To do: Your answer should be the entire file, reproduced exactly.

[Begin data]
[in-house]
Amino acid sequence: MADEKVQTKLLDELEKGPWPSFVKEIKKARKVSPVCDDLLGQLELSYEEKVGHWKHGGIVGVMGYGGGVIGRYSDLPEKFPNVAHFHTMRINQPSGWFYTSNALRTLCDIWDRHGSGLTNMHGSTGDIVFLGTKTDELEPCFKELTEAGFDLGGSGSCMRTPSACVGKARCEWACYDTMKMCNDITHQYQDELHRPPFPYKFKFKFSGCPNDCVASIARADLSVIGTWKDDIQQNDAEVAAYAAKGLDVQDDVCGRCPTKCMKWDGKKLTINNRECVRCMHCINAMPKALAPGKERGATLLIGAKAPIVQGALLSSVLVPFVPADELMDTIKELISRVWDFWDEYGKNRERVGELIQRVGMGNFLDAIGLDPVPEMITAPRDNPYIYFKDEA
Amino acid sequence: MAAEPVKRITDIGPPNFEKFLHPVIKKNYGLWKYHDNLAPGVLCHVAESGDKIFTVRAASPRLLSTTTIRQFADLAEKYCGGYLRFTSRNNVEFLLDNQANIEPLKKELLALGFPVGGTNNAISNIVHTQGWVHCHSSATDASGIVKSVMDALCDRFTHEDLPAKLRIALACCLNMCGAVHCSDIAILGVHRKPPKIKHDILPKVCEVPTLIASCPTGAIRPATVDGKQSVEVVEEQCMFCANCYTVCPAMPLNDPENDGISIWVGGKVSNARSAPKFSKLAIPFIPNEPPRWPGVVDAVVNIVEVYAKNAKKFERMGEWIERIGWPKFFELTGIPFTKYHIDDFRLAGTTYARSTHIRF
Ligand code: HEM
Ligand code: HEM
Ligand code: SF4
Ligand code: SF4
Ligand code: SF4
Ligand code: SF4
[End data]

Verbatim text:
[in-house]
Amino acid sequence: MADEKVQTKLLDELEKGPWPSFVKEIKKARKVSPVCDDLLGQLELSYEEKVGHWKHGGIVGVMGYGGGVIGRYSDLPEKFPNVAHFHTMRINQPSGWFYTSNALRTLCDIWDRHGSGLTNMHGSTGDIVFLGTKTDELEPCFKELTEAGFDLGGSGSCMRTPSACVGKARCEWACYDTMKMCNDITHQYQDELHRPPFPYKFKFKFSGCPNDCVASIARADLSVIGTWKDDIQQNDAEVAAYAAKGLDVQDDVCGRCPTKCMKWDGKKLTINNRECVRCMHCINAMPKALAPGKERGATLLIGAKAPIVQGALLSSVLVPFVPADELMDTIKELISRVWDFWDEYGKNRERVGELIQRVGMGNFLDAIGLDPVPEMITAPRDNPYIYFKDEA
Amino acid sequence: MAAEPVKRITDIGPPNFEKFLHPVIKKNYGLWKYHDNLAPGVLCHVAESGDKIFTVRAASPRLLSTTTIRQFADLAEKYCGGYLRFTSRNNVEFLLDNQANIEPLKKELLALGFPVGGTNNAISNIVHTQGWVHCHSSATDASGIVKSVMDALCDRFTHEDLPAKLRIALACCLNMCGAVHCSDIAILGVHRKPPKIKHDILPKVCEVPTLIASCPTGAIRPATVDGKQSVEVVEEQCMFCANCYTVCPAMPLNDPENDGISIWVGGKVSNARSAPKFSKLAIPFIPNEPPRWPGVVDAVVNIVEVYAKNAKKFERMGEWIERIGWPKFFELTGIPFTKYHIDDFRLAGTTYARSTHIRF
Ligand code: HEM
Ligand code: HEM
Ligand code: SF4
Ligand code: SF4
Ligand code: SF4
Ligand code: SF4